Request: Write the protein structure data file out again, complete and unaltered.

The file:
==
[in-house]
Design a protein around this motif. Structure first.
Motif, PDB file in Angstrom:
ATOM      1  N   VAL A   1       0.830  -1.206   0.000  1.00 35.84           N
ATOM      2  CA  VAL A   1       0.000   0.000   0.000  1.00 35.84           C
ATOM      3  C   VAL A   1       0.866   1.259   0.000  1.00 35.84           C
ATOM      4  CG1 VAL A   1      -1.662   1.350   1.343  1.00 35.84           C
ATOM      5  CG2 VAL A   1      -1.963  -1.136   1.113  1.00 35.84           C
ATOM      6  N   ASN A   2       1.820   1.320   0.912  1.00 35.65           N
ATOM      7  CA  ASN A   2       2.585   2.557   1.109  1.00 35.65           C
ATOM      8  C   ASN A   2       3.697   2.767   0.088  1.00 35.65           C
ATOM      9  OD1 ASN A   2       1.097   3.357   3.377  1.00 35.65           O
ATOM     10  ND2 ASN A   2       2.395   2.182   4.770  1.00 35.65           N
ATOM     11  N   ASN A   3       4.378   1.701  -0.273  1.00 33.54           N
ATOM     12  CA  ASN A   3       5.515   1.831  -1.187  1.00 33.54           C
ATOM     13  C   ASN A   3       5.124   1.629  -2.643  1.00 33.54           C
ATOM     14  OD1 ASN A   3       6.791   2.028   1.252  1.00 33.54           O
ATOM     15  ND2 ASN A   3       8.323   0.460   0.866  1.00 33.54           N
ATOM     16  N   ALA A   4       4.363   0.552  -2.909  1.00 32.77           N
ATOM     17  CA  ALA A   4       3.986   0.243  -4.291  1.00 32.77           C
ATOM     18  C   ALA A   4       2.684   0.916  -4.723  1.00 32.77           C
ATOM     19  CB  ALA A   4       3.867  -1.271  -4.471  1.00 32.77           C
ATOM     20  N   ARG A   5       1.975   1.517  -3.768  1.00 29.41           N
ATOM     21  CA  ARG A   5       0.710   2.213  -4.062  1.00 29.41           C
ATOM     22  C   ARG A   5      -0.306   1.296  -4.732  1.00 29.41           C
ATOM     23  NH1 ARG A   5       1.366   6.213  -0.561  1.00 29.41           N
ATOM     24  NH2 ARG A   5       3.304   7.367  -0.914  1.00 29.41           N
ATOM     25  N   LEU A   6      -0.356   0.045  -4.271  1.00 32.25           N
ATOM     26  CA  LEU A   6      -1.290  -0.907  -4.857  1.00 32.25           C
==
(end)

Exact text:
[in-house]
Design a protein around this motif. Structure first.
Motif, PDB file in Angstrom:
ATOM      1  N   VAL A   1       0.830  -1.206   0.000  1.00 35.84           N
ATOM      2  CA  VAL A   1       0.000   0.000   0.000  1.00 35.84           C
ATOM      3  C   VAL A   1       0.866   1.259   0.000  1.00 35.84           C
ATOM      4  CG1 VAL A   1      -1.662   1.350   1.343  1.00 35.84           C
ATOM      5  CG2 VAL A   1      -1.963  -1.136   1.113  1.00 35.84           C
ATOM      6  N   ASN A   2       1.820   1.320   0.912  1.00 35.65           N
ATOM      7  CA  ASN A   2       2.585   2.557   1.109  1.00 35.65           C
ATOM      8  C   ASN A   2       3.697   2.767   0.088  1.00 35.65           C
ATOM      9  OD1 ASN A   2       1.097   3.357   3.377  1.00 35.65           O
ATOM     10  ND2 ASN A   2       2.395   2.182   4.770  1.00 35.65           N
ATOM     11  N   ASN A   3       4.378   1.701  -0.273  1.00 33.54           N
ATOM     12  CA  ASN A   3       5.515   1.831  -1.187  1.00 33.54           C
ATOM     13  C   ASN A   3       5.124   1.629  -2.643  1.00 33.54           C
ATOM     14  OD1 ASN A   3       6.791   2.028   1.252  1.00 33.54           O
ATOM     15  ND2 ASN A   3       8.323   0.460   0.866  1.00 33.54           N
ATOM     16  N   ALA A   4       4.363   0.552  -2.909  1.00 32.77           N
ATOM     17  CA  ALA A   4       3.986   0.243  -4.291  1.00 32.77           C
ATOM     18  C   ALA A   4       2.684   0.916  -4.723  1.00 32.77           C
ATOM     19  CB  ALA A   4       3.867  -1.271  -4.471  1.00 32.77           C
ATOM     20  N   ARG A   5       1.975   1.517  -3.768  1.00 29.41           N
ATOM     21  CA  ARG A   5       0.710   2.213  -4.062  1.00 29.41           C
ATOM     22  C   ARG A   5      -0.306   1.296  -4.732  1.00 29.41           C
ATOM     23  NH1 ARG A   5       1.366   6.213  -0.561  1.00 29.41           N
ATOM     24  NH2 ARG A   5       3.304   7.367  -0.914  1.00 29.41           N
ATOM     25  N   LEU A   6      -0.356   0.045  -4.271  1.00 32.25           N
ATOM     26  CA  LEU A   6      -1.290  -0.907  -4.857  1.00 32.25           C